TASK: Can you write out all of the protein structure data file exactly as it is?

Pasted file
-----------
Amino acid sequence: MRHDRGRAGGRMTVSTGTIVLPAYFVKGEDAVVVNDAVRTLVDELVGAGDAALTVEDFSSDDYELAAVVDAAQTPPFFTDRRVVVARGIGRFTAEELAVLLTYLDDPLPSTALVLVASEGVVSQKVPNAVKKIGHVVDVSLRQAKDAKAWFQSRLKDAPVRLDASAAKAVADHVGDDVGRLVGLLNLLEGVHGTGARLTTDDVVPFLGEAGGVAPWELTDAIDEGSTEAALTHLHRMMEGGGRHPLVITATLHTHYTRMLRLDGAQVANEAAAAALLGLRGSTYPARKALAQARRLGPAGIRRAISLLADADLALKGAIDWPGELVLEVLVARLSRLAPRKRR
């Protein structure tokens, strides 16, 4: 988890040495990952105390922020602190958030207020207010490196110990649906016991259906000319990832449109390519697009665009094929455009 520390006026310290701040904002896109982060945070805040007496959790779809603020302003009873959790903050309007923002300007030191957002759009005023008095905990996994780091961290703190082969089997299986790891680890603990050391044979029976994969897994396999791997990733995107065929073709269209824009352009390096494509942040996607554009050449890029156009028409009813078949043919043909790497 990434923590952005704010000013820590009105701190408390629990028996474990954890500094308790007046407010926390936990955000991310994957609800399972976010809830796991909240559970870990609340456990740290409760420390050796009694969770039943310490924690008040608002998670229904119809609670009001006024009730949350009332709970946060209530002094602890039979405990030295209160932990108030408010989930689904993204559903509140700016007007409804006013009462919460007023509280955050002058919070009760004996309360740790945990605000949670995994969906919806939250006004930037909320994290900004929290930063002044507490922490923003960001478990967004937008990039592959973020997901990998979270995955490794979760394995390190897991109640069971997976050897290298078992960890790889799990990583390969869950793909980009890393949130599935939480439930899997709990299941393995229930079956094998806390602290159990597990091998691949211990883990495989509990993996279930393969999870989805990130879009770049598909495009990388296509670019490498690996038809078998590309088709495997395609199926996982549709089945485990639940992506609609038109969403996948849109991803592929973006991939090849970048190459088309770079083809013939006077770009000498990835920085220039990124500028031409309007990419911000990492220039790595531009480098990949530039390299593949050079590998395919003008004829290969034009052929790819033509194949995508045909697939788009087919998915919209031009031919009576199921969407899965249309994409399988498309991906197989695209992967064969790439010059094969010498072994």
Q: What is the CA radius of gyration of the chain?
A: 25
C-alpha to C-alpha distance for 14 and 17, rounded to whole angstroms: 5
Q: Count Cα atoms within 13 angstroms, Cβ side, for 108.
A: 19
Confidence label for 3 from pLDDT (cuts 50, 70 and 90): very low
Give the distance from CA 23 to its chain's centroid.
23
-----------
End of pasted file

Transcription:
Amino acid sequence: MRHDRGRAGGRMTVSTGTIVLPAYFVKGEDAVVVNDAVRTLVDELVGAGDAALTVEDFSSDDYELAAVVDAAQTPPFFTDRRVVVARGIGRFTAEELAVLLTYLDDPLPSTALVLVASEGVVSQKVPNAVKKIGHVVDVSLRQAKDAKAWFQSRLKDAPVRLDASAAKAVADHVGDDVGRLVGLLNLLEGVHGTGARLTTDDVVPFLGEAGGVAPWELTDAIDEGSTEAALTHLHRMMEGGGRHPLVITATLHTHYTRMLRLDGAQVANEAAAAALLGLRGSTYPARKALAQARRLGPAGIRRAISLLADADLALKGAIDWPGELVLEVLVARLSRLAPRKRR
């Protein structure tokens, strides 16, 4: 988890040495990952105390922020602190958030207020207010490196110990649906016991259906000319990832449109390519697009665009094929455009 520390006026310290701040904002896109982060945070805040007496959790779809603020302003009873959790903050309007923002300007030191957002759009005023008095905990996994780091961290703190082969089997299986790891680890603990050391044979029976994969897994396999791997990733995107065929073709269209824009352009390096494509942040996607554009050449890029156009028409009813078949043919043909790497 990434923590952005704010000013820590009105701190408390629990028996474990954890500094308790007046407010926390936990955000991310994957609800399972976010809830796991909240559970870990609340456990740290409760420390050796009694969770039943310490924690008040608002998670229904119809609670009001006024009730949350009332709970946060209530002094602890039979405990030295209160932990108030408010989930689904993204559903509140700016007007409804006013009462919460007023509280955050002058919070009760004996309360740790945990605000949670995994969906919806939250006004930037909320994290900004929290930063002044507490922490923003960001478990967004937008990039592959973020997901990998979270995955490794979760394995390190897991109640069971997976050897290298078992960890790889799990990583390969869950793909980009890393949130599935939480439930899997709990299941393995229930079956094998806390602290159990597990091998691949211990883990495989509990993996279930393969999870989805990130879009770049598909495009990388296509670019490498690996038809078998590309088709495997395609199926996982549709089945485990639940992506609609038109969403996948849109991803592929973006991939090849970048190459088309770079083809013939006077770009000498990835920085220039990124500028031409309007990419911000990492220039790595531009480098990949530039390299593949050079590998395919003008004829290969034009052929790819033509194949995508045909697939788009087919998915919209031009031919009576199921969407899965249309994409399988498309991906197989695209992967064969790439010059094969010498072994």
Q: What is the CA radius of gyration of the chain?
A: 25
C-alpha to C-alpha distance for 14 and 17, rounded to whole angstroms: 5
Q: Count Cα atoms within 13 angstroms, Cβ side, for 108.
A: 19
Confidence label for 3 from pLDDT (cuts 50, 70 and 90): very low
Give the distance from CA 23 to its chain's centroid.
23